Four reasons why Do Not Track turned into Do Not Trust

It's hard to agree on a privacy standard when neither side can agree about the definition of four common English words.

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It’s gotten ugly out there, folks.

It’s been about a year and a half since the FTC stopped waffling about online tracking legislation, locked privacy advocates and the online advertising industry into a room together, and said “work out your differences.” 

The idea was to come up with a Do Not Track standard that everyone, privacy nerds and advertisers alike, could live with. Well, guess what, privacy fans? It hasn’t worked out. And the odds of it working out now are roughly the same as Florida Gulf Coast University winning the NCAA Final Four.

Why is that, you might ask? Well there are several reasons, but I think they all boil down to this: The ad industry and its various cohorts never had any intention of letting it work out. And why would they? There’s nothing in it for them. In fact, the only motivation ad/trackers had was the threat of legislation that might end up being worse than anything they and the geeks could work out. But the odds of anything with any teeth passing through both houses of Congress at this point are pretty slim.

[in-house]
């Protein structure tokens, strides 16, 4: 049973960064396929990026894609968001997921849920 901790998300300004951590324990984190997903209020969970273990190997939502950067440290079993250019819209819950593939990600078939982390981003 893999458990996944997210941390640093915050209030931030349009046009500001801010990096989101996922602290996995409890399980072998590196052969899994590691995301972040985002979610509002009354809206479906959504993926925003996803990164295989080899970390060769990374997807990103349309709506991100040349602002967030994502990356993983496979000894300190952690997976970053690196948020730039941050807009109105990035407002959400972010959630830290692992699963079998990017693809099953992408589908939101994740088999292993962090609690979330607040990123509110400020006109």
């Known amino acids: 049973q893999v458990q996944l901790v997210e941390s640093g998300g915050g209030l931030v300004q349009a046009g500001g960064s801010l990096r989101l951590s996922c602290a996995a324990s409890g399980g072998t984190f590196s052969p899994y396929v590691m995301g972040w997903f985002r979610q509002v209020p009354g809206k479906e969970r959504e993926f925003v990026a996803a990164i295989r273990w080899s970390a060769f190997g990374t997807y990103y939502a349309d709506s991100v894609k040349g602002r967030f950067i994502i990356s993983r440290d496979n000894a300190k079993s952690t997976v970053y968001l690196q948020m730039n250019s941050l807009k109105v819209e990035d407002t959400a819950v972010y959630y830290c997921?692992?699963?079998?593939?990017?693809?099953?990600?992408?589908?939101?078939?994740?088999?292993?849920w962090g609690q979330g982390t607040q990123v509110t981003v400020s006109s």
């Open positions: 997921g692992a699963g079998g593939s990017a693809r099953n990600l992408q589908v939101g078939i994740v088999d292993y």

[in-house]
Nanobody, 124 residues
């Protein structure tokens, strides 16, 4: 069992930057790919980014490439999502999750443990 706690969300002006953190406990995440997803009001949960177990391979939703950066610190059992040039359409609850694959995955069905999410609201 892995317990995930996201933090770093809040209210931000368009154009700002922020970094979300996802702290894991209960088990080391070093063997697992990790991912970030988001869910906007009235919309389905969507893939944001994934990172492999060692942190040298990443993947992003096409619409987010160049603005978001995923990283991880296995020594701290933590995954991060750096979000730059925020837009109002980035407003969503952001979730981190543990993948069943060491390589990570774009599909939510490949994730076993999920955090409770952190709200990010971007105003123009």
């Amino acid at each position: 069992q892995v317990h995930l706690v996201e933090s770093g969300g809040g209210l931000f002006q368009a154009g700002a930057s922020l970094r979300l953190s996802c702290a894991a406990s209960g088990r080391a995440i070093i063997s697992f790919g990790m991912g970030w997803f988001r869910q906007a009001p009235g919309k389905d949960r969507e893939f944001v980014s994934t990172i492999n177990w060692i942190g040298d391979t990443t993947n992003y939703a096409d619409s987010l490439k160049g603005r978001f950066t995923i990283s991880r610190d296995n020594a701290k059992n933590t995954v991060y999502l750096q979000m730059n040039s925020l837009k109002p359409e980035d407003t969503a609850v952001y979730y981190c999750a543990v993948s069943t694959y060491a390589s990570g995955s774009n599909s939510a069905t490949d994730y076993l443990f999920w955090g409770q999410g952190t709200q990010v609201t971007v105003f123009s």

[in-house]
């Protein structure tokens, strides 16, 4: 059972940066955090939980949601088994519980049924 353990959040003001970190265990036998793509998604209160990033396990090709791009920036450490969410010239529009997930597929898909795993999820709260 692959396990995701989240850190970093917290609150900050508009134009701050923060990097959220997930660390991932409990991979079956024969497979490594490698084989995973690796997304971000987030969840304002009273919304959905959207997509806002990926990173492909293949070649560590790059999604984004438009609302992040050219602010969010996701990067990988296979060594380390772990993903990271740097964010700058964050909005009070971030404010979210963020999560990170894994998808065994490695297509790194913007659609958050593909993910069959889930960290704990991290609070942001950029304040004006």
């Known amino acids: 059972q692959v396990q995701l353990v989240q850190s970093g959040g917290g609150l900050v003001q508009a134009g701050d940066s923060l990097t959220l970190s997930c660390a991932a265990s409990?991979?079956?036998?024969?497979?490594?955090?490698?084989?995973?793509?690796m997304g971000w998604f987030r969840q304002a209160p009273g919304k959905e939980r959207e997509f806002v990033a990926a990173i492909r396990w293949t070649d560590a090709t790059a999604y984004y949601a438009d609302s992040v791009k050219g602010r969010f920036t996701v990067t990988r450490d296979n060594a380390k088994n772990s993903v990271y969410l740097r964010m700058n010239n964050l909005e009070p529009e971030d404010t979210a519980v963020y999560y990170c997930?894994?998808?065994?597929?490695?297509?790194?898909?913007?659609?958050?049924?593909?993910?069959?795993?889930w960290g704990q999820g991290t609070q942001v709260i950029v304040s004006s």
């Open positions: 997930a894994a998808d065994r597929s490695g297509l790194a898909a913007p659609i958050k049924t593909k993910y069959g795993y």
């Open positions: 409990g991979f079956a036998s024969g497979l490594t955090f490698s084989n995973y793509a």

From my vantage point, deep in the bleacher seats, the ad industry and its cohorts seemed to be interested in drawing the process out for as long as possible so they could say “heck, we tried and it’s impossible, now leave us alone.”

Why do I say that? Consider how the online ad/tracking industry has attempted to redefine the English language, and you can see how Do Not Track has morphed into Do Not Trust.

1. Redefining “track”

Bill Clinton took verbal parsing to a new level when he responded to the Lewinsky grand jury, “It depends on what the meaning of the word ‘is,’ is.” For the last four years the ad industry has been attempting to do the same thing with the word “track.”

When most humans think of Web tracking, they probably think of someone or something recording what they do as they surf from site to site on the Net. But when the online ad industry says “track” they really mean “target ads based on your Web surfing history.”

So when an ad network says you can opt out of tracking, they actually mean “you can elect to not see targeted ads, but we’ll still collect all of that information about you so we can add it to your profile.”

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